"Clearly, the offers are made," said Ross Baker, a Rutgers University political science professor who specializes in Congress. "When a White House wants to preempt a challenge, they'll dangle something. But it is almost never uttered."

In addition, Baker said, conversations in such cases are nuanced, and savvy operators know not to use explicit quid pro quo language.

He said he could not, off hand, think of another instance in which a candidate has divulged an approach from White House officials. Baker said that, in theory, that might be an advantageous gambit for a candidate who, like Sestak, is positioning his campaign as an outsider and wants to demonstrate that "the big guys" are worried about the challenge.

Nachama Soloveichik, spokeswoman for former Rep. Pat Toomey, the leading GOP candidate for the Senate seat, said she had no information on Sestak's story but added: "It's just like Arlen Specter to get an insider Washington deal to try to save his political career."

Christopher Nicholas, Specter's campaign manager, declined to comment on the report or the Toomey campaign comment.

Last week, after Sestak received nominating petitions for the House from the Pennsylvania secretary of state, talk buzzed in political circles that he would give up the Senate race and run for reelection.

He says he is running only for the Senate, and volunteers are circulating nominating petitions for that office.
Legally, Sestak could circulate two sets of petitions, and experts say there is no prohibition on running for two offices simultaneously.

Larry Kane: Voice of Reason is set to air Sunday at 9:30 p.m.; audio of the interview will be on the KYW NewsRadio Web site tomorrow. The show will be rebroadcast at 5:30 p.m. Wednesday.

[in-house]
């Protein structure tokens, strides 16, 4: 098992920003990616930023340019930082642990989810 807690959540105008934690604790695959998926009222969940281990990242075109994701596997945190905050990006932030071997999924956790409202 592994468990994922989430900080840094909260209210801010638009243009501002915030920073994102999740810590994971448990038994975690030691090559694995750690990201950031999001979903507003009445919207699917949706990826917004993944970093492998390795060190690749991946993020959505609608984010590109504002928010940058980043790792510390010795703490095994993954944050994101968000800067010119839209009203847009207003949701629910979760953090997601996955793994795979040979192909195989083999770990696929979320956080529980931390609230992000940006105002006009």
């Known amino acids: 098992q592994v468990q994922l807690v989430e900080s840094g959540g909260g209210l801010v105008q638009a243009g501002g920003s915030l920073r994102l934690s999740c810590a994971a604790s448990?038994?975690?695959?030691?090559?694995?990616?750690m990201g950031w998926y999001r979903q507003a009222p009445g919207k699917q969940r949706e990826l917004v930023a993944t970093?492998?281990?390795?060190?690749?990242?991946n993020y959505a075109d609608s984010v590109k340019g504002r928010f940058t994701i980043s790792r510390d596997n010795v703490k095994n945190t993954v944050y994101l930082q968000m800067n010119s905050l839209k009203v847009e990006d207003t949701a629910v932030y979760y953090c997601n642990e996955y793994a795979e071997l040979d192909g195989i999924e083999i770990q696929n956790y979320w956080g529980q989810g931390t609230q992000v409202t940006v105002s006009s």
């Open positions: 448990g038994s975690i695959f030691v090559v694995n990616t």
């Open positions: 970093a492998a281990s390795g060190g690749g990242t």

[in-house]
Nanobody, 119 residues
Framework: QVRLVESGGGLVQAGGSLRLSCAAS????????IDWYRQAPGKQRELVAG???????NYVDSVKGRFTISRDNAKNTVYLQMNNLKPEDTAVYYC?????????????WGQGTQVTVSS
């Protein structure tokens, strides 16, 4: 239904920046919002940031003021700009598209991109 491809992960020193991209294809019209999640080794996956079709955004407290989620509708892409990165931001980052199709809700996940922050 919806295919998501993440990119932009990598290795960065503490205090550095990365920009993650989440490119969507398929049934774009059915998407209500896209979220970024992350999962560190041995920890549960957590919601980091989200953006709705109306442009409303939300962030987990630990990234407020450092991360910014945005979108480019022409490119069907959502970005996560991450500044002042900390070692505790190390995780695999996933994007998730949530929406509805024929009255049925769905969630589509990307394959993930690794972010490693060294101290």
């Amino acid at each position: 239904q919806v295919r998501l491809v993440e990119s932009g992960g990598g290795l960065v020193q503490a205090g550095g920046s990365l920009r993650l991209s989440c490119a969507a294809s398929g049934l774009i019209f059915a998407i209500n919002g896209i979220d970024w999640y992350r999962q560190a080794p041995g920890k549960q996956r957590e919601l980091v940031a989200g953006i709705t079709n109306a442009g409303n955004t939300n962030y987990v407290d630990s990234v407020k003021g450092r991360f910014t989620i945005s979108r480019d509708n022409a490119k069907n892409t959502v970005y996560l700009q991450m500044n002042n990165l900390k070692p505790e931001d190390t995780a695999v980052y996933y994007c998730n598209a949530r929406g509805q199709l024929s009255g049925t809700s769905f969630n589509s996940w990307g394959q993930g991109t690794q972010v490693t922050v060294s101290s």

Friday, February 19, 2010

Leftests using Pitchforks and Torches at Healthcare rally

Where's Pelosi and Reid now? These leftwing radicals holding pitchforks and torches. Is this the new form of demonstrations. You wouldn't find torches and Pitchforks at a teaparty rally.

Thursday, February 4, 2010

Bank of America E-Mails Show Lehman Was Buy Target

Feb. 4 (Bloomberg) -- When Bank of America Corp.’s board met to approve the acquisition of an investment bank on Sept. 15, 2008, members thought they were going to buy Lehman Brothers Holdings Inc., not Merrill Lynch & Co., according to New York Attorney General Andrew Cuomo.

The bank bought Merrill after examining its books for just 25 hours, Cuomo claimed. Shareholders approved the deal Dec. 5, 2008. The acquisition closed Jan. 1, 2009, after Merrill losses had increased by billions of dollars, a change the bank didn’t disclose before the shareholder vote, Cuomo said.

“It’s the way we approved acquisitions that ticks me off the most!!!” director Chad Gifford later wrote in an e-mail about the last-minute switch, according to a securities-fraud complaint Cuomo filed today in New York against the bank, former Chief Executive Officer Kenneth Lewis and ex-Chief Financial Officer Joe Price over their handling of the Merrill deal.